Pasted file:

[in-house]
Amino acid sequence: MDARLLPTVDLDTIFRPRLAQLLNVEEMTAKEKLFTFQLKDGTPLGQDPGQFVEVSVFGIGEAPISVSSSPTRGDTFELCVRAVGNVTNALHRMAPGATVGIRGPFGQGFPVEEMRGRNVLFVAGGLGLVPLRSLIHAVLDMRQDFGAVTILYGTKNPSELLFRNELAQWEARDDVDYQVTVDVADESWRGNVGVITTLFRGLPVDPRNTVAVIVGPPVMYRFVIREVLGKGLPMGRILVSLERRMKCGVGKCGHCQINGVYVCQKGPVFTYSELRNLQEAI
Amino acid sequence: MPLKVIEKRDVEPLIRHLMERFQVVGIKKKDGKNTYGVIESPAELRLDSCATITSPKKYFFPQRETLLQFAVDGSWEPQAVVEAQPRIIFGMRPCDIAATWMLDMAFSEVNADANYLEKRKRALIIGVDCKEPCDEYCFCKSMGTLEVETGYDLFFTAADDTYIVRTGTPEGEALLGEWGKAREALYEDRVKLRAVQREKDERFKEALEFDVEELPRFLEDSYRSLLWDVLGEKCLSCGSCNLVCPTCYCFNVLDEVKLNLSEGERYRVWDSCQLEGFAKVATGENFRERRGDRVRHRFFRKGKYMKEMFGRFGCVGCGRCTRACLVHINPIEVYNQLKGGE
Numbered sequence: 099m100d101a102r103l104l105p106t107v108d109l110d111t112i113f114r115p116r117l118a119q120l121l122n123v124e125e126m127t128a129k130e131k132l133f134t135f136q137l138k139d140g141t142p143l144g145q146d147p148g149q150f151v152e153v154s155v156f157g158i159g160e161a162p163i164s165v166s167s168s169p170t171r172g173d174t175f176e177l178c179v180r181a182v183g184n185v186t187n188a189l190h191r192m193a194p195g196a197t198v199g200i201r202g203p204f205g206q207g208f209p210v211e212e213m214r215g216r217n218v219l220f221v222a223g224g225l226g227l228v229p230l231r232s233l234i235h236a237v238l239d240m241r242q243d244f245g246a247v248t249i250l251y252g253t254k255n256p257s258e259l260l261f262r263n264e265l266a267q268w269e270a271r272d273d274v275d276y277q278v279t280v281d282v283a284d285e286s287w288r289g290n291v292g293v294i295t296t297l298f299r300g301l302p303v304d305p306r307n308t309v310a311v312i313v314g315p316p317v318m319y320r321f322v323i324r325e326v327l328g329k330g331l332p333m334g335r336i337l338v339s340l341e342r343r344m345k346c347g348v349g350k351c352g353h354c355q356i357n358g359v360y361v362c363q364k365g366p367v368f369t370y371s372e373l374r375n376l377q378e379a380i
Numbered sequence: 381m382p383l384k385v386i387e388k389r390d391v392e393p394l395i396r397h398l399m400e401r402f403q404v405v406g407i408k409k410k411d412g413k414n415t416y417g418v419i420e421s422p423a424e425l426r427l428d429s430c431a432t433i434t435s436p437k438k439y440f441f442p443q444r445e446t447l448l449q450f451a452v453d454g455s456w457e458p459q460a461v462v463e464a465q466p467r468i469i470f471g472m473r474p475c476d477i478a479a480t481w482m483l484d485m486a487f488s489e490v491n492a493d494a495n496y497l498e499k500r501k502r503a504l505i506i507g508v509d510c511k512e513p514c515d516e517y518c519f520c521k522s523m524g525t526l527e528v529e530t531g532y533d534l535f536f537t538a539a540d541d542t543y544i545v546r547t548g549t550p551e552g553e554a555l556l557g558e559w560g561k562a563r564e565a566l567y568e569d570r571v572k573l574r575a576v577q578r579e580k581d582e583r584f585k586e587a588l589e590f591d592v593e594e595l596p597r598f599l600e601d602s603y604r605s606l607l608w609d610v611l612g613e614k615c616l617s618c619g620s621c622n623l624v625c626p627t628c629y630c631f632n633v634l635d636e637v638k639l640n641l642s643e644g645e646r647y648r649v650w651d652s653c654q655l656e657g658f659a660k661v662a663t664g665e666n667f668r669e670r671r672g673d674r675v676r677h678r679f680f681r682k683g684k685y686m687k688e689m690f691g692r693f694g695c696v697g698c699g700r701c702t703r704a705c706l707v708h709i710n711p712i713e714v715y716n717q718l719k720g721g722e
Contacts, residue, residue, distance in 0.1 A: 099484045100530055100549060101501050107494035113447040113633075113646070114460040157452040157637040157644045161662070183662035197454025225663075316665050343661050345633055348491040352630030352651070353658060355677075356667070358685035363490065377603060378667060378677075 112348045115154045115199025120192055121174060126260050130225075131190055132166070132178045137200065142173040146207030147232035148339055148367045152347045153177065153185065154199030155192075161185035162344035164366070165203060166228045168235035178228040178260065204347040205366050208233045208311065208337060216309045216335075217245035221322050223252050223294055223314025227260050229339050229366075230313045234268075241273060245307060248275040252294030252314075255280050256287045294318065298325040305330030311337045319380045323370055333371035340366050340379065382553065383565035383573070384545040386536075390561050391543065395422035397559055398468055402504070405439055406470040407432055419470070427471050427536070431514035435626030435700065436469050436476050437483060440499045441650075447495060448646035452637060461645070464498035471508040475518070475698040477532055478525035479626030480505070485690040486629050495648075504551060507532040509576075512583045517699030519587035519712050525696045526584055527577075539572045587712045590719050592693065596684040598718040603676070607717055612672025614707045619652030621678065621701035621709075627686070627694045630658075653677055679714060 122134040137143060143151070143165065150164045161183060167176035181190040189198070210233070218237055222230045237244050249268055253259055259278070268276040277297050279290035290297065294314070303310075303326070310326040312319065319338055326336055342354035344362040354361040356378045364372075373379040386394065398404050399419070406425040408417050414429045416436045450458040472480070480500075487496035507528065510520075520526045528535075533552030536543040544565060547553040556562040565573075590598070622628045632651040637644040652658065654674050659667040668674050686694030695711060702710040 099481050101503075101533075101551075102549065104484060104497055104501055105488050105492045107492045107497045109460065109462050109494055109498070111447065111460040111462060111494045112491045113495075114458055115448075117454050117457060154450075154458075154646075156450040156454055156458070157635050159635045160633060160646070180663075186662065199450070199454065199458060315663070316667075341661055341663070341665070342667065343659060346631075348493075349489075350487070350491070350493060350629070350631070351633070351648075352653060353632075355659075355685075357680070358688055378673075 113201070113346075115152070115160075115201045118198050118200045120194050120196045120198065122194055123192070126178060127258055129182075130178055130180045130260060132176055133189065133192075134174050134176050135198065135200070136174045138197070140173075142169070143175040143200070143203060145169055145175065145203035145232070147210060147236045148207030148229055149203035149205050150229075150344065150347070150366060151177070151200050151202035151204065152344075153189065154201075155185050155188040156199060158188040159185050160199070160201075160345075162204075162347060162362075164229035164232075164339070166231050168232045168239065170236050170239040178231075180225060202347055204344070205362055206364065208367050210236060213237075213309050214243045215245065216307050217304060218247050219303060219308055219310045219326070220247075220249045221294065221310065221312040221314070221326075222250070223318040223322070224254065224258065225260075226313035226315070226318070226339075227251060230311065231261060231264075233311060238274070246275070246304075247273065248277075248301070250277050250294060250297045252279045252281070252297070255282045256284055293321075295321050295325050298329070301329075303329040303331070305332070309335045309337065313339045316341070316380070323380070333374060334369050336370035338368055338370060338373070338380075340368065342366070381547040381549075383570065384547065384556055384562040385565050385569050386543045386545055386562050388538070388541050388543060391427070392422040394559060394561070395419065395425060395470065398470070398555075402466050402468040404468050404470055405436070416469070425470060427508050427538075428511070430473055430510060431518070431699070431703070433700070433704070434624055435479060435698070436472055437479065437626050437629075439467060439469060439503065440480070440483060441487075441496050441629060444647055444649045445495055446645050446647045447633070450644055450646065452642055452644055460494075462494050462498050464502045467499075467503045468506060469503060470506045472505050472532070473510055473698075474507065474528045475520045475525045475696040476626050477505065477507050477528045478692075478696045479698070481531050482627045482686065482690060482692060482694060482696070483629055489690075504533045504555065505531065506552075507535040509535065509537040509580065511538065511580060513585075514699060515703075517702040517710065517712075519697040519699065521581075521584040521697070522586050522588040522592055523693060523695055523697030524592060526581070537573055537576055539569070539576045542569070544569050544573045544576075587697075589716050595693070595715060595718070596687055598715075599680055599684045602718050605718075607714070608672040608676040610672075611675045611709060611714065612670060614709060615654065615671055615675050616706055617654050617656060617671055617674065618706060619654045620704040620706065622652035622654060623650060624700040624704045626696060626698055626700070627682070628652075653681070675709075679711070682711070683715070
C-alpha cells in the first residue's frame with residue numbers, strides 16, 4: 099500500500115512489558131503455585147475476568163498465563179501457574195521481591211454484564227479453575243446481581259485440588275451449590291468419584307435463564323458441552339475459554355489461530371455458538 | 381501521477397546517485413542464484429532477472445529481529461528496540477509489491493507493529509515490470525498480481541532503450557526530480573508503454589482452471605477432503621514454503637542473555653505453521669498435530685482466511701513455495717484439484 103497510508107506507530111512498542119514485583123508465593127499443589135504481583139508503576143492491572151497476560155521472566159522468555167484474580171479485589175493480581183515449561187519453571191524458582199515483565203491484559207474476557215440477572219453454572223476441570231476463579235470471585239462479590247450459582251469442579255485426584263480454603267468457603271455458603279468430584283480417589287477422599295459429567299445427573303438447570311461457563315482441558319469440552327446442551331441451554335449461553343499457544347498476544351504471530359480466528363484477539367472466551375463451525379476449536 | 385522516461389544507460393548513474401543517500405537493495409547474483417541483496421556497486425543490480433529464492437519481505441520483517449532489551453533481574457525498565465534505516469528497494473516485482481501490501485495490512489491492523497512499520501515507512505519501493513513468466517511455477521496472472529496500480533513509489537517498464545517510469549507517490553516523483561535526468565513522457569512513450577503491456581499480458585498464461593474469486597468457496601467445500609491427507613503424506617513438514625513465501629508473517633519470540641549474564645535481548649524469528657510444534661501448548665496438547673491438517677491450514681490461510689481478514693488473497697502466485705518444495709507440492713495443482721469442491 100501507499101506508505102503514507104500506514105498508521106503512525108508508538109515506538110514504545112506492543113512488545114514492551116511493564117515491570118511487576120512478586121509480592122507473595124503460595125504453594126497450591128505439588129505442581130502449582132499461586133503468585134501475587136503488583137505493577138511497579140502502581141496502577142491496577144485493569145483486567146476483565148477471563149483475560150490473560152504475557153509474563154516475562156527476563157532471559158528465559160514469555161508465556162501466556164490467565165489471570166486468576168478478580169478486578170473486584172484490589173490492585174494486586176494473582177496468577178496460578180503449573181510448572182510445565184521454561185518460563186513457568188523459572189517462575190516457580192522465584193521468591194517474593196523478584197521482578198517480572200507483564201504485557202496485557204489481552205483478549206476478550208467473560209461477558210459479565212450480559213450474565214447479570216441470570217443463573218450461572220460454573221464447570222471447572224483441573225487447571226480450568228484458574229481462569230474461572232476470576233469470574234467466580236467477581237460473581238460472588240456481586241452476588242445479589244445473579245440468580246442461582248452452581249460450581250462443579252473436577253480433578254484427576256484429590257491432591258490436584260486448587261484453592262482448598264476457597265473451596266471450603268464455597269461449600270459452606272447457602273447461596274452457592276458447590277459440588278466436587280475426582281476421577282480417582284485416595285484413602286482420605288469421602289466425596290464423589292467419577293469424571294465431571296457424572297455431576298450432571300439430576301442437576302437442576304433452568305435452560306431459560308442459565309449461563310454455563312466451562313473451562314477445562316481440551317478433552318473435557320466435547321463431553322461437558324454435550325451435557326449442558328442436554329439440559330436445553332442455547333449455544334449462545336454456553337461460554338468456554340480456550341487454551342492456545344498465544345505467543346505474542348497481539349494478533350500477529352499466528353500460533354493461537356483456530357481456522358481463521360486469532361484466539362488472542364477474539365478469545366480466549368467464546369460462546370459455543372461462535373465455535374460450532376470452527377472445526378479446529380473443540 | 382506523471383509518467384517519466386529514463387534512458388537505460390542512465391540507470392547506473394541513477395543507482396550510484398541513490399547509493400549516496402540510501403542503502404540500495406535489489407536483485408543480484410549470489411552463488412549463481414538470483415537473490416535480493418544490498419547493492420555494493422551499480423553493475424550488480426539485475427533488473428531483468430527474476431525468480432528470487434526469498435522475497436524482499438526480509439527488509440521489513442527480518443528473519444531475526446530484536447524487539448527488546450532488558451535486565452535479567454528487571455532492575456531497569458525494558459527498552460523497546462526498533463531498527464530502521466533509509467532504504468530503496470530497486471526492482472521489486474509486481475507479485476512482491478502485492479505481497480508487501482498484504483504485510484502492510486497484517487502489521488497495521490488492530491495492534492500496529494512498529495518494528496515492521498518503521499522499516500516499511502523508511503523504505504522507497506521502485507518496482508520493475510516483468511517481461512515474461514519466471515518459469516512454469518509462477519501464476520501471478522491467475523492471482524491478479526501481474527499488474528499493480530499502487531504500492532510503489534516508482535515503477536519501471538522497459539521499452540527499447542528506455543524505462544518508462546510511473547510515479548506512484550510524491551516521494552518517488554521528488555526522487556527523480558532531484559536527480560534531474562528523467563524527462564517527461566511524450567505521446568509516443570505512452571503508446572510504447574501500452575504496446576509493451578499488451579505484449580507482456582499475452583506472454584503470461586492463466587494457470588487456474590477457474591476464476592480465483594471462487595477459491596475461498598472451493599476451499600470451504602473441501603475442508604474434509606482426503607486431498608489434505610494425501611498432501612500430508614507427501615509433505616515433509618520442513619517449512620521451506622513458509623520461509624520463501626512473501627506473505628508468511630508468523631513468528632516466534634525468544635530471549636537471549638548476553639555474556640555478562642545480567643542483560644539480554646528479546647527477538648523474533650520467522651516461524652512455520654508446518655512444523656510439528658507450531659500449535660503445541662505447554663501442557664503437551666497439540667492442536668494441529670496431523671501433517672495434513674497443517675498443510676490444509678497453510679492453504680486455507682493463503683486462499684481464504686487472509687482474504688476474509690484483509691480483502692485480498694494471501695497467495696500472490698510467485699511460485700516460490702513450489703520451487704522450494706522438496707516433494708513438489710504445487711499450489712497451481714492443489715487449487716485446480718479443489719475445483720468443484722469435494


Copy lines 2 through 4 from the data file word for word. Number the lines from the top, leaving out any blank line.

Amino acid sequence: MDARLLPTVDLDTIFRPRLAQLLNVEEMTAKEKLFTFQLKDGTPLGQDPGQFVEVSVFGIGEAPISVSSSPTRGDTFELCVRAVGNVTNALHRMAPGATVGIRGPFGQGFPVEEMRGRNVLFVAGGLGLVPLRSLIHAVLDMRQDFGAVTILYGTKNPSELLFRNELAQWEARDDVDYQVTVDVADESWRGNVGVITTLFRGLPVDPRNTVAVIVGPPVMYRFVIREVLGKGLPMGRILVSLERRMKCGVGKCGHCQINGVYVCQKGPVFTYSELRNLQEAI
Amino acid sequence: MPLKVIEKRDVEPLIRHLMERFQVVGIKKKDGKNTYGVIESPAELRLDSCATITSPKKYFFPQRETLLQFAVDGSWEPQAVVEAQPRIIFGMRPCDIAATWMLDMAFSEVNADANYLEKRKRALIIGVDCKEPCDEYCFCKSMGTLEVETGYDLFFTAADDTYIVRTGTPEGEALLGEWGKAREALYEDRVKLRAVQREKDERFKEALEFDVEELPRFLEDSYRSLLWDVLGEKCLSCGSCNLVCPTCYCFNVLDEVKLNLSEGERYRVWDSCQLEGFAKVATGENFRERRGDRVRHRFFRKGKYMKEMFGRFGCVGCGRCTRACLVHINPIEVYNQLKGGE
Numbered sequence: 099m100d101a102r103l104l105p106t107v108d109l110d111t112i113f114r115p116r117l118a119q120l121l122n123v124e125e126m127t128a129k130e131k132l133f134t135f136q137l138k139d140g141t142p143l144g145q146d147p148g149q150f151v152e153v154s155v156f157g158i159g160e161a162p163i164s165v166s167s168s169p170t171r172g173d174t175f176e177l178c179v180r181a182v183g184n185v186t187n188a189l190h191r192m193a194p195g196a197t198v199g200i201r202g203p204f205g206q207g208f209p210v211e212e213m214r215g216r217n218v219l220f221v222a223g224g225l226g227l228v229p230l231r232s233l234i235h236a237v238l239d240m241r242q243d244f245g246a247v248t249i250l251y252g253t254k255n256p257s258e259l260l261f262r263n264e265l266a267q268w269e270a271r272d273d274v275d276y277q278v279t280v281d282v283a284d285e286s287w288r289g290n291v292g293v294i295t296t297l298f299r300g301l302p303v304d305p306r307n308t309v310a311v312i313v314g315p316p317v318m319y320r321f322v323i324r325e326v327l328g329k330g331l332p333m334g335r336i337l338v339s340l341e342r343r344m345k346c347g348v349g350k351c352g353h354c355q356i357n358g359v360y361v362c363q364k365g366p367v368f369t370y371s372e373l374r375n376l377q378e379a380i